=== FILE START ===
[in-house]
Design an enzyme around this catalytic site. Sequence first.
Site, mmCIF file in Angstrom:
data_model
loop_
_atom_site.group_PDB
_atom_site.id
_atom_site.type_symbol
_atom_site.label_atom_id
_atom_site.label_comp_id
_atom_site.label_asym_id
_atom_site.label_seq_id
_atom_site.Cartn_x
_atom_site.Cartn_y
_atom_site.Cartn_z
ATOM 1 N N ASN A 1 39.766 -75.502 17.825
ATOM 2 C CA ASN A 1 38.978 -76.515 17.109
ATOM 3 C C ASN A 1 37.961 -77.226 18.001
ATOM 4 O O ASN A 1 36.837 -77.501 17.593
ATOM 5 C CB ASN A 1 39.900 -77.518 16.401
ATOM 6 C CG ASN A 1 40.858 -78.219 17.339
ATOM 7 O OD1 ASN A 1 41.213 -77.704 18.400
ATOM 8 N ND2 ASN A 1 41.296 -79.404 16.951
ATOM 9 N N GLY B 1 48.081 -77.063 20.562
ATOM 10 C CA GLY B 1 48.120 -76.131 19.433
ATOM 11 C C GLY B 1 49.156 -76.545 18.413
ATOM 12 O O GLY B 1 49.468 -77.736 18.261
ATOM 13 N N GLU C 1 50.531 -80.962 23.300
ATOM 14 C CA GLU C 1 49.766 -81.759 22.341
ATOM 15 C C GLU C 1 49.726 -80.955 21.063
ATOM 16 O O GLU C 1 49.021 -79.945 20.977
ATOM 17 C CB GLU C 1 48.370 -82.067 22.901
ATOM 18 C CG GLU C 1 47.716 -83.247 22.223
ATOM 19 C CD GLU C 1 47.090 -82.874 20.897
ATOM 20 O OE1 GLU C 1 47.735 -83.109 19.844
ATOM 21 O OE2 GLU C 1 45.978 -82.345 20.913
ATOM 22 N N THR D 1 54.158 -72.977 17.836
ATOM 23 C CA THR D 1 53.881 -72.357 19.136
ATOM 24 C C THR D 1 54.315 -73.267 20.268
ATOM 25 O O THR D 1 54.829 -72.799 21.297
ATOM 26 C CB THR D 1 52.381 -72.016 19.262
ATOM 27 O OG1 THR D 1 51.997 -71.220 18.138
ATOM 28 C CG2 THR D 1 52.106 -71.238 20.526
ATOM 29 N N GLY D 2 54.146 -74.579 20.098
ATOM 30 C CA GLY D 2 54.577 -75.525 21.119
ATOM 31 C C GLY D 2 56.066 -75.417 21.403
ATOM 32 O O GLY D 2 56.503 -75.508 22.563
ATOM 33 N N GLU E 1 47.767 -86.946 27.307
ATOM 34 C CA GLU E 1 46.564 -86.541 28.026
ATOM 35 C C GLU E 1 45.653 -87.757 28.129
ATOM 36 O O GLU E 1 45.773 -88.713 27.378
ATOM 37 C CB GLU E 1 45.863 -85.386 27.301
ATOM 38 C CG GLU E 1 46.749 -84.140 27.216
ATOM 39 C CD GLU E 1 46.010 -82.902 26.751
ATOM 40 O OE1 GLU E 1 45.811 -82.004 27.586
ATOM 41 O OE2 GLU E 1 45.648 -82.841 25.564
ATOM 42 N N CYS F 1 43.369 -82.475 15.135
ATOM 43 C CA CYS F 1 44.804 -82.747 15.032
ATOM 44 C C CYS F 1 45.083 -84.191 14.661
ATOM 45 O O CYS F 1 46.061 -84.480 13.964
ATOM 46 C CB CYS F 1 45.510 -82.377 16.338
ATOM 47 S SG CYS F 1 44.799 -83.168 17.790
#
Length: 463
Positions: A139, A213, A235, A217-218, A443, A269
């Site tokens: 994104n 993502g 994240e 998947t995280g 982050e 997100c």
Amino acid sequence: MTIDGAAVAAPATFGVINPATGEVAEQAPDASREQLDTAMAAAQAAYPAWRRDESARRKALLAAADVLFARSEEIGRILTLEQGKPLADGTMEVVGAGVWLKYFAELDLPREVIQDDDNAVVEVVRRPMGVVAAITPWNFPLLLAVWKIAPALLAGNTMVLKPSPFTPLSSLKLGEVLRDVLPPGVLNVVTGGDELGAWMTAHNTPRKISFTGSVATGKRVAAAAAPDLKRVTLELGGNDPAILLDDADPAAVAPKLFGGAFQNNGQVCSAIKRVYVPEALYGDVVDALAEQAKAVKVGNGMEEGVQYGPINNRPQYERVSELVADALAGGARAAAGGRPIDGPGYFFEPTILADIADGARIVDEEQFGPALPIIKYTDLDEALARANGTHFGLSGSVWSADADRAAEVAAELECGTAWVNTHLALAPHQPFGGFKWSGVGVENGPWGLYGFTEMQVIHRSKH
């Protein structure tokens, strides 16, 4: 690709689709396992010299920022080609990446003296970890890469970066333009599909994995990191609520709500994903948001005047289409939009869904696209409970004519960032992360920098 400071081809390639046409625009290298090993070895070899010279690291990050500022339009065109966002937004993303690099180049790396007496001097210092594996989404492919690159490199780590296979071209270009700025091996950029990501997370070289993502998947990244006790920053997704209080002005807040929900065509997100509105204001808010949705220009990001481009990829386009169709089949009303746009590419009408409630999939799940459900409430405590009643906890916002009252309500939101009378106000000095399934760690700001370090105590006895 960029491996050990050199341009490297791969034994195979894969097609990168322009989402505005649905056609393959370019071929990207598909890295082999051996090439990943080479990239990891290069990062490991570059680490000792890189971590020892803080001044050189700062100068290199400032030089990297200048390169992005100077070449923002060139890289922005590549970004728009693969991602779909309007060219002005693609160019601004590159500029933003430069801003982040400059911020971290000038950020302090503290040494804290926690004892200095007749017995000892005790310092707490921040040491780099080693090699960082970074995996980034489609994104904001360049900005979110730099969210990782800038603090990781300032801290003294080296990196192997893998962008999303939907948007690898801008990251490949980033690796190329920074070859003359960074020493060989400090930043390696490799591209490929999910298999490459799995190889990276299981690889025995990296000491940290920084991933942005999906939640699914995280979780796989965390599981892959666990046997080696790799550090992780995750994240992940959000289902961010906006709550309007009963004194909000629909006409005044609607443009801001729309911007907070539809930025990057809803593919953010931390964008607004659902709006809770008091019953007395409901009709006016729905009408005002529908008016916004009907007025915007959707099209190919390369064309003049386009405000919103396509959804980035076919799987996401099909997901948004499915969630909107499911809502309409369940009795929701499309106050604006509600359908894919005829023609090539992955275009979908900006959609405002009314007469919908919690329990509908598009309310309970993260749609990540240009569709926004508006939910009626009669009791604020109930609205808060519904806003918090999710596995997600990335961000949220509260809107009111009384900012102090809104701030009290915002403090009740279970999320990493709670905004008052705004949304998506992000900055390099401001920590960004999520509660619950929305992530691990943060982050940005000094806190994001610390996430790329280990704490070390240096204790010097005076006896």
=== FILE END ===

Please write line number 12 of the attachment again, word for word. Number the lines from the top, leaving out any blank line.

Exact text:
_atom_site.label_seq_id